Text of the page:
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Old 25th May 2008, 05:30   #16
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A KnN is not really need for a babe like RX. But if you are really interested in getting it then as the others have said, you'll have to upsize the jet. And about the fitting, you can go to DAM motors. He is really good with 2 strokes plus he can also tell you as to what jet size you ll need for the bike. I got my air filter fitted and the jetting done there. Havent faced any problems with the fitting at all.

Another reson as to why i go there is that i get to see the RD's which are ready for drags. I Keep drooling looking at them.
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Old 25th May 2008, 17:16   #17
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Quote:
Originally Posted by ananthkamath View Post
When I said small I was referring to drilling holes in the airbox. I've been there, done that, and therefore don't recommend it to anybody specially if they're looking for performance.
Oh! Sorry for the misunderstanding on my part then

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Originally Posted by ananthkamath View Post
Also, what did you mean by static and dynamic? The stock RX's timing advance changes as per RPM. The bike wouldn't run otherwise.
Static = Fixed. Dynamic = moving or changing.

An analogue CDI will give static timing. At least all the common units here like RX135 etc. So it works like the points ignition on the RD. Example -> if you set the timing at 2mm BTDC. It remains at 2MM BTDC.
Where as with digital CDIs, tHe timing is not static. It changes based on RPM, normally referred to as the timing curve, where for a given RPM the timing is known.

What they do with Digital CDI is that, when RPM's are low and Scavenging is at its worst, timing is ramped up to extract every ounce of power. Thus boosting the power the most under peak Torque RPM.
Then, at around peak when power is on par with stock except for the increase from better burn, timing is backed off which pushes heat into the pipe, allows the engine to run cooler AND a slight increase in the power by allowing increased revs. (Ah well, maybe not MORE power, but more USABLE power. he he ).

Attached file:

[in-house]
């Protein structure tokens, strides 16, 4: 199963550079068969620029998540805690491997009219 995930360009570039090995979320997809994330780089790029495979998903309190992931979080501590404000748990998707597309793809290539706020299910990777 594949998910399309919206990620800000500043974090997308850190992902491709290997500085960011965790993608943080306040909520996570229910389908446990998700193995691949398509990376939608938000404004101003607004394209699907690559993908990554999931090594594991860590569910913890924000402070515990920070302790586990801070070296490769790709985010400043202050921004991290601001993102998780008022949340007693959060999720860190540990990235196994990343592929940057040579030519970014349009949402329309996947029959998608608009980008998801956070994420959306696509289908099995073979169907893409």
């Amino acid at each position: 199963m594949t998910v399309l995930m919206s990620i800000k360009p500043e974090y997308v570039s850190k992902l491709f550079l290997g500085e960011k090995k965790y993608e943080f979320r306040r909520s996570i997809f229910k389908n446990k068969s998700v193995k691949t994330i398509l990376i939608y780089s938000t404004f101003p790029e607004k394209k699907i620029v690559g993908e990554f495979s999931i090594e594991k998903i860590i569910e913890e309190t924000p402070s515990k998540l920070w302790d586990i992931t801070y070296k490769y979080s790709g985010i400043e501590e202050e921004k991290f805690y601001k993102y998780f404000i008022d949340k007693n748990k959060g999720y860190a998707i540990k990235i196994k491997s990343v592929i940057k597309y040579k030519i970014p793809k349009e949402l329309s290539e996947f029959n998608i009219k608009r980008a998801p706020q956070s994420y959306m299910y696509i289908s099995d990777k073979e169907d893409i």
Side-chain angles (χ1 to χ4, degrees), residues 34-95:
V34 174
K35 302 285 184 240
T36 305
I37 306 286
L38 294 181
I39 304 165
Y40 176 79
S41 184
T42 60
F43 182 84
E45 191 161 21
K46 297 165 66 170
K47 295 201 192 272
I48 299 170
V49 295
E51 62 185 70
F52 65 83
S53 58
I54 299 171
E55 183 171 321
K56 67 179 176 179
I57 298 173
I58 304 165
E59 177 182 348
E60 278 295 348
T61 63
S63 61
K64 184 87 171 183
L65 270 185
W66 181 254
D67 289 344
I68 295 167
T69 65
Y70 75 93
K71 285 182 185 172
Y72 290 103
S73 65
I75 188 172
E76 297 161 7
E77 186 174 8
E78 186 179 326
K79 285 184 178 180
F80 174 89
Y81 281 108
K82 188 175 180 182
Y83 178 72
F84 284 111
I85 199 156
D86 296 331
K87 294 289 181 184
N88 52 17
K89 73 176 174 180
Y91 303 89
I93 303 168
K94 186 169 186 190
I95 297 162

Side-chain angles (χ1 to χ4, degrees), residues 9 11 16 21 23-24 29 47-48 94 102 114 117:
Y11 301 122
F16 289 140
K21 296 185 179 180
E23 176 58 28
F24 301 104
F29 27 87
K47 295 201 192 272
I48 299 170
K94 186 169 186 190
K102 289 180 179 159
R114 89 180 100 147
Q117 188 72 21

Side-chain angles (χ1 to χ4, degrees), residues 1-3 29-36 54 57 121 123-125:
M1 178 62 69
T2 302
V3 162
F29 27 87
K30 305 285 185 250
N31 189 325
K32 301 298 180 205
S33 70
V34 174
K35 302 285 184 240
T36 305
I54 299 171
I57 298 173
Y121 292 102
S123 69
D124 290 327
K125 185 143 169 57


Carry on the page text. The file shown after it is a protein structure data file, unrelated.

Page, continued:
For anyone wanting to upgrade ignitions, check following three points:-

1. Spark / Energy strength:- Research the market out there and see which is the best one for this. The info is all out there on the internet.

2. Spark timing / The Ignition map you land up using:- Carefully check this point as this is the loophole exploited by all the Con-artists out there. Carefully check it's NOT some Four Stroke Bike CDI that is being sold to you as a Digital CDI upgrade. Sure, the timing maybe Digitally/Dynamically controlled, BUT you are using a 4 stroke timing curve on a two stroke. Example:- Bangalore/Bombay guys will know how they used to cheat RD guys by offering something like a Scooty Pep "Digital" CDI.

3. The accuracy maintained between each time the spark fires:- Very critical and has the largest bearing on the smoothness of the engine. With the company CDIs, most running slow processors, (Example:- at 4 Mhz) The timing is never going to be accurate. Between each RPM, timing is going to be jumping around by a few degrees. Simple cause - Anything from the company has only one criteria. L1 or cheapest quote.
Find an upgrade that has a good, high speed processor which will hold timing accurately between each RPM.


I think I have gone way too much offtopic. Sorry guys.

As regards the topic of this thread, UNI is what gets my vote. With proper upjetting, ofcourse.
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Old 26th May 2008, 14:50   #18
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thats very good education Mr.scaryskulls.. while you are at ignition and timing.. could you explain this bit to me
Quote:
when RPM's are low and Scavenging is at its worst, timing is ramped up to extract every ounce of power. Thus boosting the power the most under peak Torque RPM.